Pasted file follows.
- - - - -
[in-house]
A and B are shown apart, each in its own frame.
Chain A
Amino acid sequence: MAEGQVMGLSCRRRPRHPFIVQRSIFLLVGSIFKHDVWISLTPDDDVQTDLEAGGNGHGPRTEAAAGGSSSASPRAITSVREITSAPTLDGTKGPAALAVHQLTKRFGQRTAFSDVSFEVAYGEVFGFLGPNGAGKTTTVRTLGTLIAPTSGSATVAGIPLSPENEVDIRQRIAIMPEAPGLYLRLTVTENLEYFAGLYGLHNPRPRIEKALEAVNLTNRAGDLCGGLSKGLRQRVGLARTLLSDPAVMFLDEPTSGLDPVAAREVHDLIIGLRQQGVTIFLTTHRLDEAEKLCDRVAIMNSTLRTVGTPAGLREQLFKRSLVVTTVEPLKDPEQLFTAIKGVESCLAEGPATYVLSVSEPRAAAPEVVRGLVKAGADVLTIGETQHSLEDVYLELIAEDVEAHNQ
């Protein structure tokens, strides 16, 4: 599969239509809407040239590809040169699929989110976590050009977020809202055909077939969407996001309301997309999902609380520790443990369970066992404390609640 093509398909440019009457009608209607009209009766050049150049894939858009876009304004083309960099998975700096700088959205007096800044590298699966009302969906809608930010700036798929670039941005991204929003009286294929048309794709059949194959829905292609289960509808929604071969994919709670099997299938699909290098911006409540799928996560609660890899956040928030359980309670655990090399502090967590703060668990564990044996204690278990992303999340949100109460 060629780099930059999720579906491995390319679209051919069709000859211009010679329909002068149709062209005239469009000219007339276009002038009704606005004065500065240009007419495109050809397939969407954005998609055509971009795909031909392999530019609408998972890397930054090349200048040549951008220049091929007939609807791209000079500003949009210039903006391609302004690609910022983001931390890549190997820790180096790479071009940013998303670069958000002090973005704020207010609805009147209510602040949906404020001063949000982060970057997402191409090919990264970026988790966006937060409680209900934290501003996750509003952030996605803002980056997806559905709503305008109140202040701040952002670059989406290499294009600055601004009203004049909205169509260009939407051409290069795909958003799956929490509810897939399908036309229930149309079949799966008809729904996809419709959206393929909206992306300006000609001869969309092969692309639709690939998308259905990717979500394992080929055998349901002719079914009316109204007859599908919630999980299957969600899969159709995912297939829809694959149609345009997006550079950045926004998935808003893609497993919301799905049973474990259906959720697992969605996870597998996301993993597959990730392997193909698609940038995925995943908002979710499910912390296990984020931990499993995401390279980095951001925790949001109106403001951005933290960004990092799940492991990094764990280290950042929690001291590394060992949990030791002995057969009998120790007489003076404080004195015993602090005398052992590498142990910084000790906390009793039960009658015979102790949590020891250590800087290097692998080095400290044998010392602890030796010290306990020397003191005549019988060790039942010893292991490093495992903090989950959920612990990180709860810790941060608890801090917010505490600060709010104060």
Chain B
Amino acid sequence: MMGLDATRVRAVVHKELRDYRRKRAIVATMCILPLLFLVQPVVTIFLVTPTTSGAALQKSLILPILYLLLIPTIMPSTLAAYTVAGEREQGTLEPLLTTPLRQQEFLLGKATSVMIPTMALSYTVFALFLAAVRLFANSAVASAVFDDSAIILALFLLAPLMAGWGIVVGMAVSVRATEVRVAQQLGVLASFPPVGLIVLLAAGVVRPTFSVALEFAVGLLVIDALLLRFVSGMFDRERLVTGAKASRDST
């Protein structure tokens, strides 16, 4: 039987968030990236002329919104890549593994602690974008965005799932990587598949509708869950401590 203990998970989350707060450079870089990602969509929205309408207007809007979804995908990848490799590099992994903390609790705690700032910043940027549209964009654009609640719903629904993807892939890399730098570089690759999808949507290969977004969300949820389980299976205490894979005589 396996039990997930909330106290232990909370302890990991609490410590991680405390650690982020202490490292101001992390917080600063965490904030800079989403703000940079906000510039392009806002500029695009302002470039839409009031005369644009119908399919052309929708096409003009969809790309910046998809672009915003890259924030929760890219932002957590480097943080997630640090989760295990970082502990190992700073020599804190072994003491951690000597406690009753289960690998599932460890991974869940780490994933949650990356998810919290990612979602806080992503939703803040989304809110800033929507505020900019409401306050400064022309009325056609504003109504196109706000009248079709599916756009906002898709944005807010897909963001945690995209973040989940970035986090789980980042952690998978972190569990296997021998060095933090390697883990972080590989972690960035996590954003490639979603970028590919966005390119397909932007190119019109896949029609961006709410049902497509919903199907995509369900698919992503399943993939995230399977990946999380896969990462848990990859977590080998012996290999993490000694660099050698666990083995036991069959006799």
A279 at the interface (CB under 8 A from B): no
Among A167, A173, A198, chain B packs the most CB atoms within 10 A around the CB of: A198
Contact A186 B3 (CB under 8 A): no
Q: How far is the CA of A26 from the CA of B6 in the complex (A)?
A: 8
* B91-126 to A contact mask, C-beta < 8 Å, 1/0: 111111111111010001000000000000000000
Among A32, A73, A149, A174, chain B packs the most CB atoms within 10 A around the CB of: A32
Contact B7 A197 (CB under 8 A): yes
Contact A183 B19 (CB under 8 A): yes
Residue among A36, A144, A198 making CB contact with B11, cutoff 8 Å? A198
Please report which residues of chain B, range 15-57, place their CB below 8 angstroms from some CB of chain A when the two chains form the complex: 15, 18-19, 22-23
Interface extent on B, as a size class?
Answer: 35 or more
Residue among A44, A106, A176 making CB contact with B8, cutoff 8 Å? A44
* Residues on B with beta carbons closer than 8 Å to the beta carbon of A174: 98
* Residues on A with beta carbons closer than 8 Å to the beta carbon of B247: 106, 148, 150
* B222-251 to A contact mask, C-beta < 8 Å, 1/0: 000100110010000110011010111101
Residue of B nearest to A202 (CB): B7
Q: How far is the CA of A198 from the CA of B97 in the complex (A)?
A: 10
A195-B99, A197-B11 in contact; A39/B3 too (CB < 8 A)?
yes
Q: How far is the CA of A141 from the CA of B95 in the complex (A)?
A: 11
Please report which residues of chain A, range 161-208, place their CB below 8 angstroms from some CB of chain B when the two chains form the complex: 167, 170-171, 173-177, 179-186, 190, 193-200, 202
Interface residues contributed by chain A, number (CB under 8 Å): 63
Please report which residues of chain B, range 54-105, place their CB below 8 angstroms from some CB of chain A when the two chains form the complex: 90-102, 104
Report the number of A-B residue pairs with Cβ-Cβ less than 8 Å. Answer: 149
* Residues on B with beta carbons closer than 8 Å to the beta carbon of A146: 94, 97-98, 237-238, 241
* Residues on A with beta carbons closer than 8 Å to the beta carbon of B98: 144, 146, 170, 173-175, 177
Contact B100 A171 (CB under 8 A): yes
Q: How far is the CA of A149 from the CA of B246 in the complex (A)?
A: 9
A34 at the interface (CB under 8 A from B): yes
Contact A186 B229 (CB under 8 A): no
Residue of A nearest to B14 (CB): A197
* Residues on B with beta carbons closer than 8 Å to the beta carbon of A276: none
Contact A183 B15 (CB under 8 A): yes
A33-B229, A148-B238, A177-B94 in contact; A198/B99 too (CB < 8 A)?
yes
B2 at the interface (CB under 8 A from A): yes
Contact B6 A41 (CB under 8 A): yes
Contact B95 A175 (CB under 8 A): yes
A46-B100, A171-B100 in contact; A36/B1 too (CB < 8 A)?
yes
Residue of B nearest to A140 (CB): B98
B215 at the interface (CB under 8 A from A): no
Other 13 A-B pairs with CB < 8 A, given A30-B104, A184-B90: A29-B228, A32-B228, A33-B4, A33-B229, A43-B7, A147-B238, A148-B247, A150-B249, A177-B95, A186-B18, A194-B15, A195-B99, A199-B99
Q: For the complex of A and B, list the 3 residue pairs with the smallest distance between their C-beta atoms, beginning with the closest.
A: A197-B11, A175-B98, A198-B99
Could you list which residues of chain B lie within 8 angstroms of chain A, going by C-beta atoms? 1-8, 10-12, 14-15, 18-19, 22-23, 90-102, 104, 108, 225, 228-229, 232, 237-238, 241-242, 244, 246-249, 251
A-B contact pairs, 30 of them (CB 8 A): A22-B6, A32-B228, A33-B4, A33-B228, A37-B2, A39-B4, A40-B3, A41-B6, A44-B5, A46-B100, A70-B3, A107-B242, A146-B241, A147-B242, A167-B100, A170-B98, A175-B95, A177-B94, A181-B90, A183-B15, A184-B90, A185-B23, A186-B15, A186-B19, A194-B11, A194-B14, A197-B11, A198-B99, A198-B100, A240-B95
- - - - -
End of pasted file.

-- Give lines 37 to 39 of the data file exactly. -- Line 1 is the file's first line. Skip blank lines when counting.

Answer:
* Residues on B with beta carbons closer than 8 Å to the beta carbon of A146: 94, 97-98, 237-238, 241
* Residues on A with beta carbons closer than 8 Å to the beta carbon of B98: 144, 146, 170, 173-175, 177
Contact B100 A171 (CB under 8 A): yes